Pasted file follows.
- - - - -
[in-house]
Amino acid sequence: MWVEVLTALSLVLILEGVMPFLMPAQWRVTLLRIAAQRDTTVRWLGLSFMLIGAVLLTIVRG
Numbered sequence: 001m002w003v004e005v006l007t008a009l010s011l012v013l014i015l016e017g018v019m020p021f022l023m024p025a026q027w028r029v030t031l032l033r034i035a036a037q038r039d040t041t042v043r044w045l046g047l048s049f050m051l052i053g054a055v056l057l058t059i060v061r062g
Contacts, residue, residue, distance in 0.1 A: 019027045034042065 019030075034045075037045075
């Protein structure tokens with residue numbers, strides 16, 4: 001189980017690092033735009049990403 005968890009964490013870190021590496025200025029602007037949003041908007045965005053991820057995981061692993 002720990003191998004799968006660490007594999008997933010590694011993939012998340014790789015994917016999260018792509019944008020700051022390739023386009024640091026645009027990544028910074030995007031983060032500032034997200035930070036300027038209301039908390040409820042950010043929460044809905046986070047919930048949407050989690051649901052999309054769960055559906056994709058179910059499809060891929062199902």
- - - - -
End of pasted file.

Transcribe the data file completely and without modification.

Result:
[in-house]
Amino acid sequence: MWVEVLTALSLVLILEGVMPFLMPAQWRVTLLRIAAQRDTTVRWLGLSFMLIGAVLLTIVRG
Numbered sequence: 001m002w003v004e005v006l007t008a009l010s011l012v013l014i015l016e017g018v019m020p021f022l023m024p025a026q027w028r029v030t031l032l033r034i035a036a037q038r039d040t041t042v043r044w045l046g047l048s049f050m051l052i053g054a055v056l057l058t059i060v061r062g
Contacts, residue, residue, distance in 0.1 A: 019027045034042065 019030075034045075037045075
């Protein structure tokens with residue numbers, strides 16, 4: 001189980017690092033735009049990403 005968890009964490013870190021590496025200025029602007037949003041908007045965005053991820057995981061692993 002720990003191998004799968006660490007594999008997933010590694011993939012998340014790789015994917016999260018792509019944008020700051022390739023386009024640091026645009027990544028910074030995007031983060032500032034997200035930070036300027038209301039908390040409820042950010043929460044809905046986070047919930048949407050989690051649901052999309054769960055559906056994709058179910059499809060891929062199902």